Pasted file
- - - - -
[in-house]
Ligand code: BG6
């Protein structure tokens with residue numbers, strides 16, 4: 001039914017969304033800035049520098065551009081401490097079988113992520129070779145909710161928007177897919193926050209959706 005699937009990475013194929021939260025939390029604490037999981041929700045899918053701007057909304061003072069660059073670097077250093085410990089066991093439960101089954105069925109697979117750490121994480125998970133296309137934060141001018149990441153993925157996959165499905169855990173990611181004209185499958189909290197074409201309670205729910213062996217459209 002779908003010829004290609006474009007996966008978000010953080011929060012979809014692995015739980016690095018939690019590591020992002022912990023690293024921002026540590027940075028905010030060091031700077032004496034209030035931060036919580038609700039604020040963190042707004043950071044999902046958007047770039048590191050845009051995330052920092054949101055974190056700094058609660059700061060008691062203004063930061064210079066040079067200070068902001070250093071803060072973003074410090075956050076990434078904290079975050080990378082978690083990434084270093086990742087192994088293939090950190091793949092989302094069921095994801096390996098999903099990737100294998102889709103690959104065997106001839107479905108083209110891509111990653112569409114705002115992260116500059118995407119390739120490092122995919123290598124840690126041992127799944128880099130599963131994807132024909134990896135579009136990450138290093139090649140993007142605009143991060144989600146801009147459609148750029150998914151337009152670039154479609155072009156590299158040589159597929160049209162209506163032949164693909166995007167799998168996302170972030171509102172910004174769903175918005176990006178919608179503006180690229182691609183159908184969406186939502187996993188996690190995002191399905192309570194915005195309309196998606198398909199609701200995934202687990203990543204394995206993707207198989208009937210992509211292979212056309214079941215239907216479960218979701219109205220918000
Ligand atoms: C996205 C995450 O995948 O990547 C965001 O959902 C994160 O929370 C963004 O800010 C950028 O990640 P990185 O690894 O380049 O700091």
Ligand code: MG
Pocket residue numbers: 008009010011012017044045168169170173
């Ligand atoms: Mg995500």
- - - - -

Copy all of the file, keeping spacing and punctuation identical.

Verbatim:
[in-house]
Ligand code: BG6
């Protein structure tokens with residue numbers, strides 16, 4: 001039914017969304033800035049520098065551009081401490097079988113992520129070779145909710161928007177897919193926050209959706 005699937009990475013194929021939260025939390029604490037999981041929700045899918053701007057909304061003072069660059073670097077250093085410990089066991093439960101089954105069925109697979117750490121994480125998970133296309137934060141001018149990441153993925157996959165499905169855990173990611181004209185499958189909290197074409201309670205729910213062996217459209 002779908003010829004290609006474009007996966008978000010953080011929060012979809014692995015739980016690095018939690019590591020992002022912990023690293024921002026540590027940075028905010030060091031700077032004496034209030035931060036919580038609700039604020040963190042707004043950071044999902046958007047770039048590191050845009051995330052920092054949101055974190056700094058609660059700061060008691062203004063930061064210079066040079067200070068902001070250093071803060072973003074410090075956050076990434078904290079975050080990378082978690083990434084270093086990742087192994088293939090950190091793949092989302094069921095994801096390996098999903099990737100294998102889709103690959104065997106001839107479905108083209110891509111990653112569409114705002115992260116500059118995407119390739120490092122995919123290598124840690126041992127799944128880099130599963131994807132024909134990896135579009136990450138290093139090649140993007142605009143991060144989600146801009147459609148750029150998914151337009152670039154479609155072009156590299158040589159597929160049209162209506163032949164693909166995007167799998168996302170972030171509102172910004174769903175918005176990006178919608179503006180690229182691609183159908184969406186939502187996993188996690190995002191399905192309570194915005195309309196998606198398909199609701200995934202687990203990543204394995206993707207198989208009937210992509211292979212056309214079941215239907216479960218979701219109205220918000
Ligand atoms: C996205 C995450 O995948 O990547 C965001 O959902 C994160 O929370 C963004 O800010 C950028 O990640 P990185 O690894 O380049 O700091």
Ligand code: MG
Pocket residue numbers: 008009010011012017044045168169170173
């Ligand atoms: Mg995500």